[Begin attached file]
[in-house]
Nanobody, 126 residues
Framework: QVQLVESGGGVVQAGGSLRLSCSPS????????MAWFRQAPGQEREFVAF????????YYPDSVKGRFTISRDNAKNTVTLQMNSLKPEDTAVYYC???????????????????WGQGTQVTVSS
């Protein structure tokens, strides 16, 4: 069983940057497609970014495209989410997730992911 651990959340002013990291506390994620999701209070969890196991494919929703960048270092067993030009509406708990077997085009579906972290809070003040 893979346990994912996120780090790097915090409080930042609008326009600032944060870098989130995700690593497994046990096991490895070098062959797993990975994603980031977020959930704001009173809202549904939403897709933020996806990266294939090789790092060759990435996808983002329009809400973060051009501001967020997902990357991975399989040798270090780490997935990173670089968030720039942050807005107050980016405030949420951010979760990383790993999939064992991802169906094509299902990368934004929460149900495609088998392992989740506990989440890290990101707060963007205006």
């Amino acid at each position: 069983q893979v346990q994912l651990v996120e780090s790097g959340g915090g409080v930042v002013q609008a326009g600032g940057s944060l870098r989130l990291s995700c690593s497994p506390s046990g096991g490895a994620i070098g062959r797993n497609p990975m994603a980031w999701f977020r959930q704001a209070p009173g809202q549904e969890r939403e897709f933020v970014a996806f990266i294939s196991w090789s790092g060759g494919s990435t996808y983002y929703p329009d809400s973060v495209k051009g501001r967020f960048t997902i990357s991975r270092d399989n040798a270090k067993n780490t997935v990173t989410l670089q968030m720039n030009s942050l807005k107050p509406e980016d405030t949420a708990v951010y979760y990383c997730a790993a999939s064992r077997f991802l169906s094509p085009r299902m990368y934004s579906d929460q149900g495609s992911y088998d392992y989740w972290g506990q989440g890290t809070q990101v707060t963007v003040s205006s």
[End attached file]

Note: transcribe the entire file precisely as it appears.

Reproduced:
[in-house]
Nanobody, 126 residues
Framework: QVQLVESGGGVVQAGGSLRLSCSPS????????MAWFRQAPGQEREFVAF????????YYPDSVKGRFTISRDNAKNTVTLQMNSLKPEDTAVYYC???????????????????WGQGTQVTVSS
């Protein structure tokens, strides 16, 4: 069983940057497609970014495209989410997730992911 651990959340002013990291506390994620999701209070969890196991494919929703960048270092067993030009509406708990077997085009579906972290809070003040 893979346990994912996120780090790097915090409080930042609008326009600032944060870098989130995700690593497994046990096991490895070098062959797993990975994603980031977020959930704001009173809202549904939403897709933020996806990266294939090789790092060759990435996808983002329009809400973060051009501001967020997902990357991975399989040798270090780490997935990173670089968030720039942050807005107050980016405030949420951010979760990383790993999939064992991802169906094509299902990368934004929460149900495609088998392992989740506990989440890290990101707060963007205006």
């Amino acid at each position: 069983q893979v346990q994912l651990v996120e780090s790097g959340g915090g409080v930042v002013q609008a326009g600032g940057s944060l870098r989130l990291s995700c690593s497994p506390s046990g096991g490895a994620i070098g062959r797993n497609p990975m994603a980031w999701f977020r959930q704001a209070p009173g809202q549904e969890r939403e897709f933020v970014a996806f990266i294939s196991w090789s790092g060759g494919s990435t996808y983002y929703p329009d809400s973060v495209k051009g501001r967020f960048t997902i990357s991975r270092d399989n040798a270090k067993n780490t997935v990173t989410l670089q968030m720039n030009s942050l807005k107050p509406e980016d405030t949420a708990v951010y979760y990383c997730a790993a999939s064992r077997f991802l169906s094509p085009r299902m990368y934004s579906d929460q149900g495609s992911y088998d392992y989740w972290g506990q989440g890290t809070q990101v707060t963007v003040s205006s």